Composers

Alexandre Eugène Cellier

Organ
Cello
Pump organ
Piano
Violin
Viola
Sonata
Corteges
Piece
Meditation
Offertories
Quintet
Quartet
by popularity
Cello SonataCortègeDans la vieille abbayeMéditationOffertoire pour le jour de l'AscensionPiano Quintet No.2String Quartet No.1
Wikipedia
Alexandre Eugène Cellier (17 June 1883 in Molières-sur-Cèze – 4 March 1968 in Paris) was a French organist and composer.
Cellier studied organ with Alexandre Guilmant until 1908. In 1908 he won the first prize for organ at the Conservatoire de Paris. Before that he also studied with Henri Dallier and Charles-Marie Widor. He was the organist Titulaire of the Temple de l'Étoile in Paris from 1910 until his death in 1968. The organ he used was a 3-manual Cavaillé-Coll organ with 32 stops, which was extended by Mutin (Cavaillé-Coll) in 1914.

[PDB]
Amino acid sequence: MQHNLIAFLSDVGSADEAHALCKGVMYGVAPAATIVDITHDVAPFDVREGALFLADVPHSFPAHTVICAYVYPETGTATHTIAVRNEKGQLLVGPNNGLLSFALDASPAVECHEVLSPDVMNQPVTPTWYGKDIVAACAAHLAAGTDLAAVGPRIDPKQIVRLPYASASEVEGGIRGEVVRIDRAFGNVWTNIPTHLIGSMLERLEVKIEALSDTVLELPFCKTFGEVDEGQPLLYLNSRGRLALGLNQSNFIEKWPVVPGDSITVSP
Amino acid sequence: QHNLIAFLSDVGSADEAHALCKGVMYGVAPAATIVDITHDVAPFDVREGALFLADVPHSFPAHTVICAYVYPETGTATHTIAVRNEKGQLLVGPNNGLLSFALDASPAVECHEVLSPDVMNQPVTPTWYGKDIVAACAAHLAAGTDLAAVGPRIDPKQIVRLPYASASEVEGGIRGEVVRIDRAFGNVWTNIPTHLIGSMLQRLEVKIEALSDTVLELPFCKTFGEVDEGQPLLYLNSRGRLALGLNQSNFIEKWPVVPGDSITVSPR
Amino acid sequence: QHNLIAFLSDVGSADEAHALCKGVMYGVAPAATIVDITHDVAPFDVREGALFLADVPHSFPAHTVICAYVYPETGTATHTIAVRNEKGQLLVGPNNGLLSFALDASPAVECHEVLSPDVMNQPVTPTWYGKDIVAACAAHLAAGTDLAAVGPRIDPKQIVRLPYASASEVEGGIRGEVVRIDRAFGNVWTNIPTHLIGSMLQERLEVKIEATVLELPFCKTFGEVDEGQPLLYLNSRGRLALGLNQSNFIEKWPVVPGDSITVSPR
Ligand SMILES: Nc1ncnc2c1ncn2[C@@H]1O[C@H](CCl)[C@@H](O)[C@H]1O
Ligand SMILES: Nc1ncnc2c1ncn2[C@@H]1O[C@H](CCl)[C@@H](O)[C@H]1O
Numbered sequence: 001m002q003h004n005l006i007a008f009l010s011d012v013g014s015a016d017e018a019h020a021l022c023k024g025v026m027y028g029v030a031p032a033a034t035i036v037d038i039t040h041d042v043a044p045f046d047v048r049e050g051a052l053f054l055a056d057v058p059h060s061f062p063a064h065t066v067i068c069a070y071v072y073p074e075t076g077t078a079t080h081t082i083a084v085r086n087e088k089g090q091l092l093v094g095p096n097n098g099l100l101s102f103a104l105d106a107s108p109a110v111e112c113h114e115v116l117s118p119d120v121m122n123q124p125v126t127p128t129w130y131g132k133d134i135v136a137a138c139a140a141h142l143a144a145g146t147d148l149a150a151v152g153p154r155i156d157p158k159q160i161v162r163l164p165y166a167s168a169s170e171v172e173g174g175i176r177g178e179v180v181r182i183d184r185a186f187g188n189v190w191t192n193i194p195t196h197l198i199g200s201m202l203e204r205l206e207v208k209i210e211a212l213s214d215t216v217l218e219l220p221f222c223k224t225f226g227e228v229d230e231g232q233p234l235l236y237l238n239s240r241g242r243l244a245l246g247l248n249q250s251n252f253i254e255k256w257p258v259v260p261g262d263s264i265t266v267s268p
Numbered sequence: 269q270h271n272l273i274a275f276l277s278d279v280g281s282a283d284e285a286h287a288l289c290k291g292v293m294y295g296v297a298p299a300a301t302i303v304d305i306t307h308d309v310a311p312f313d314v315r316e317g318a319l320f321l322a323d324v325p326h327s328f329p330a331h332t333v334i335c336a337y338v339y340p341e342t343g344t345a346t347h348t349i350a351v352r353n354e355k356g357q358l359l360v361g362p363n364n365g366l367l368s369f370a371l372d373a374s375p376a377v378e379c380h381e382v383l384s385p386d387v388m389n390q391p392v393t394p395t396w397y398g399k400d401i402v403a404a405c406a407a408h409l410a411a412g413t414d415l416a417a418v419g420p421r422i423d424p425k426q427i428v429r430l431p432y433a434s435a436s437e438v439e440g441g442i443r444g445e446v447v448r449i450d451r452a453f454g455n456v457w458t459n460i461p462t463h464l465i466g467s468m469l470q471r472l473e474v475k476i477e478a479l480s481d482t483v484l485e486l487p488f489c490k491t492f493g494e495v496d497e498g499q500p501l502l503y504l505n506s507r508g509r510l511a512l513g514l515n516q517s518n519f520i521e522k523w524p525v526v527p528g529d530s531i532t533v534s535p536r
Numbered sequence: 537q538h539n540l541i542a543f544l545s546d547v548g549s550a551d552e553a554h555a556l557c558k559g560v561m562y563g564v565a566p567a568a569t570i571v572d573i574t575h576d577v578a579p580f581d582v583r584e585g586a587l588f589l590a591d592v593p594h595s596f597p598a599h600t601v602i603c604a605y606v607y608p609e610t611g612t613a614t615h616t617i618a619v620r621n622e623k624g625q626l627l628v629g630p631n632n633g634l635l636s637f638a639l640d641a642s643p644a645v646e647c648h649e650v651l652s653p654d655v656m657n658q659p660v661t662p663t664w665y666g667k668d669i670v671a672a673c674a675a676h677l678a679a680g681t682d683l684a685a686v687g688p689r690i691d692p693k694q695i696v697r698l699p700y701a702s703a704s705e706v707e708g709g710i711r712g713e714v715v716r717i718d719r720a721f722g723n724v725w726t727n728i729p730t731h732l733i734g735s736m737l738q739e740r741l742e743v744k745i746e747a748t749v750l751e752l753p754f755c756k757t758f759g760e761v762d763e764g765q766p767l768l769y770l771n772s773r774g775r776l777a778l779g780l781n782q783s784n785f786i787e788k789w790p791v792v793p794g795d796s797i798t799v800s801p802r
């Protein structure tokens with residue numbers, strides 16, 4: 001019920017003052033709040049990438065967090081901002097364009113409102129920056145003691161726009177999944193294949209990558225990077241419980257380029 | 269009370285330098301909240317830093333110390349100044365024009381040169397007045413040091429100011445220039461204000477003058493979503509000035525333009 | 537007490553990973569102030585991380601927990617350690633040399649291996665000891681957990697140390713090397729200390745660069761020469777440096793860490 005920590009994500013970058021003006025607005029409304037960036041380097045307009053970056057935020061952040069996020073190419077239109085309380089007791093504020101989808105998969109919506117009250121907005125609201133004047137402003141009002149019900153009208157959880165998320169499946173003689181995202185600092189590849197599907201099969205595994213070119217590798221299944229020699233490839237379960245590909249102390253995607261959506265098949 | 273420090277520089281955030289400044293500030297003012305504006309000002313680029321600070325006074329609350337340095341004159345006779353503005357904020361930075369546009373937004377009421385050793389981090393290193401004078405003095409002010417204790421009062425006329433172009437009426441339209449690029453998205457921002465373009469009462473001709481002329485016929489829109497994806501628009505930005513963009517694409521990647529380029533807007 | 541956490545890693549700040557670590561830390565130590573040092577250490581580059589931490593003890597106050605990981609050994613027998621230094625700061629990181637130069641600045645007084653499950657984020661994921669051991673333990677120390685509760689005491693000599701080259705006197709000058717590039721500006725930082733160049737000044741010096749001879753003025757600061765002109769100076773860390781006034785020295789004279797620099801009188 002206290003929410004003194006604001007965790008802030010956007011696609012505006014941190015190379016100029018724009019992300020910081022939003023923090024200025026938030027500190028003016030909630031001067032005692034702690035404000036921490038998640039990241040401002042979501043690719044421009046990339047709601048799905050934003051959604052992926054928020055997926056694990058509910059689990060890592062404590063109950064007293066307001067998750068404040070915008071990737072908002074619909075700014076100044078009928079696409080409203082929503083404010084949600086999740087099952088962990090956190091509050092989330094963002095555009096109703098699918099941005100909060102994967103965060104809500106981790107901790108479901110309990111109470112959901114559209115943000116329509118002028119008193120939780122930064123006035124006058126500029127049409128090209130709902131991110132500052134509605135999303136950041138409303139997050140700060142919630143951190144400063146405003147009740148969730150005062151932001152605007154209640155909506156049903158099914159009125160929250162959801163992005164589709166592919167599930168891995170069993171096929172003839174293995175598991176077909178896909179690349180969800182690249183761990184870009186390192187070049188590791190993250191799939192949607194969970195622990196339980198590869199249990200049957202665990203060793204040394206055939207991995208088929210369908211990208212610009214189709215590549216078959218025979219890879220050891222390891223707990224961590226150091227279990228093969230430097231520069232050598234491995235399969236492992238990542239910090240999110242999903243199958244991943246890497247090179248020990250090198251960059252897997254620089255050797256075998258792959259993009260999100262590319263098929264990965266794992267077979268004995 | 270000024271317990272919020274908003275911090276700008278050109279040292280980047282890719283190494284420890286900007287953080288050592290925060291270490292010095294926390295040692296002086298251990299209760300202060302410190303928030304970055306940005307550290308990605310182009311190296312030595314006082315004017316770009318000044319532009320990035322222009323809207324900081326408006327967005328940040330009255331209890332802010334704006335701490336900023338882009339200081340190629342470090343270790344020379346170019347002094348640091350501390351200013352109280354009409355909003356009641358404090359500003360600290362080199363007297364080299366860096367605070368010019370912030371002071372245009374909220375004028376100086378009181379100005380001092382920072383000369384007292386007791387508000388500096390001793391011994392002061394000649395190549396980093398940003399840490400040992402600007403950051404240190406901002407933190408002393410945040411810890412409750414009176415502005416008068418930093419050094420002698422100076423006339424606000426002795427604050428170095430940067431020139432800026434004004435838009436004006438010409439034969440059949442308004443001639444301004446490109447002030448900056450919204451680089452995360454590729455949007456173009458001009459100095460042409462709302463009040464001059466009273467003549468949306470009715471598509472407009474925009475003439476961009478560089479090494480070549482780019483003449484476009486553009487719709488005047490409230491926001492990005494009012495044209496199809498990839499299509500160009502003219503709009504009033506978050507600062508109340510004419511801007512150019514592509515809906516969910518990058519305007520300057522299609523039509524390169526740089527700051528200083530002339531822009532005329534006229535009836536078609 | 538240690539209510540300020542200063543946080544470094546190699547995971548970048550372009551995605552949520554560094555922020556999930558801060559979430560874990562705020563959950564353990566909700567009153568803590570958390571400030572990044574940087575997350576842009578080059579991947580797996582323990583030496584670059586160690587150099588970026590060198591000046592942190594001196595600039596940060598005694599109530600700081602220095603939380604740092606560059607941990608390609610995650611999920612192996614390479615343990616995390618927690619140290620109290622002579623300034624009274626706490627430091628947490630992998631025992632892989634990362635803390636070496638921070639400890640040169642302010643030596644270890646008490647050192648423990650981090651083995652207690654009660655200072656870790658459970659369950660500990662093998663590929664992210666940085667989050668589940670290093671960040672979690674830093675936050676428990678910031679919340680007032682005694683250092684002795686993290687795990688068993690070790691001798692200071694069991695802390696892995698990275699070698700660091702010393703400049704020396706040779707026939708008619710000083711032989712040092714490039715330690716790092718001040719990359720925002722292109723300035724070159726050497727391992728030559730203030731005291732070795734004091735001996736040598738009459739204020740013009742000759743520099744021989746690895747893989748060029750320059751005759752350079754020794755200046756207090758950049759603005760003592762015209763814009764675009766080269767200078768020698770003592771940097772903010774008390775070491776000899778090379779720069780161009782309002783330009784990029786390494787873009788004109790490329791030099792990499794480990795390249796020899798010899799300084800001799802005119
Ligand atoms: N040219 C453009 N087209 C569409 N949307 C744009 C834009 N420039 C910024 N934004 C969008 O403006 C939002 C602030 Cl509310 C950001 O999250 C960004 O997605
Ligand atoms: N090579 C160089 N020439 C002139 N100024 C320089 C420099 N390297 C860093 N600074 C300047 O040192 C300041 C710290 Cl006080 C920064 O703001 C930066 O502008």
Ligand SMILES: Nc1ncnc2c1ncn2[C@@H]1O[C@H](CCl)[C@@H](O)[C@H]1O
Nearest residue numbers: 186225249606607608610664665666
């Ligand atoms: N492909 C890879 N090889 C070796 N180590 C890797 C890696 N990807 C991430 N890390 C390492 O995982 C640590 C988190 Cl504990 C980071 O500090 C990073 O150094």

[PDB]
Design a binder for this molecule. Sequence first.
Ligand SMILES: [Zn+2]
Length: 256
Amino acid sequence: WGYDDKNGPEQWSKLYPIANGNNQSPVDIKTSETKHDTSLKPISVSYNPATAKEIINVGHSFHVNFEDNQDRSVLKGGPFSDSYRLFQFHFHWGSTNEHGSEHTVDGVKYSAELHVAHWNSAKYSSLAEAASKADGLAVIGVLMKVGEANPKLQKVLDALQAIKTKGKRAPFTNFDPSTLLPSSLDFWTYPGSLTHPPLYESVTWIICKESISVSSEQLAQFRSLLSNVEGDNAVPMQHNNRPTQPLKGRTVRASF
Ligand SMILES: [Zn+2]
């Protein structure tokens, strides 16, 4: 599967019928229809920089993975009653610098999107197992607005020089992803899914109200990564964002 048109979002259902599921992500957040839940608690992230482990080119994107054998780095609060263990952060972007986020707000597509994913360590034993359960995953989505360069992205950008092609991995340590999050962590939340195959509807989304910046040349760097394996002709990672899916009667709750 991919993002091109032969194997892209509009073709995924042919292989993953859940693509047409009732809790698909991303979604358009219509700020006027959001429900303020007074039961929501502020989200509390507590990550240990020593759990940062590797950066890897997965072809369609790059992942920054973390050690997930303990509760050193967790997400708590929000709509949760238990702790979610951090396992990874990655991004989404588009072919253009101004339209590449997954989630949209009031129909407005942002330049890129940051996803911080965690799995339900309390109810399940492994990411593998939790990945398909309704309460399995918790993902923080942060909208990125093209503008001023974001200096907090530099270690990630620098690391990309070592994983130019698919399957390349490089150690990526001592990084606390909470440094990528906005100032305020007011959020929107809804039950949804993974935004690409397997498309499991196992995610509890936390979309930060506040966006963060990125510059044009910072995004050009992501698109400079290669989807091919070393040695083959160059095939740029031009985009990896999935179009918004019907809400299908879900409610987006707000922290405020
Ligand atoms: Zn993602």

In Louis Vierne's biography Mes Souvenirs, he describes Alexandre Cellier as a "cultivated musician" with skills in improvisation. He gave concerts abroad.
He wrote a book about organ registration and is known as the French translator of the texts of the Bach Chorales.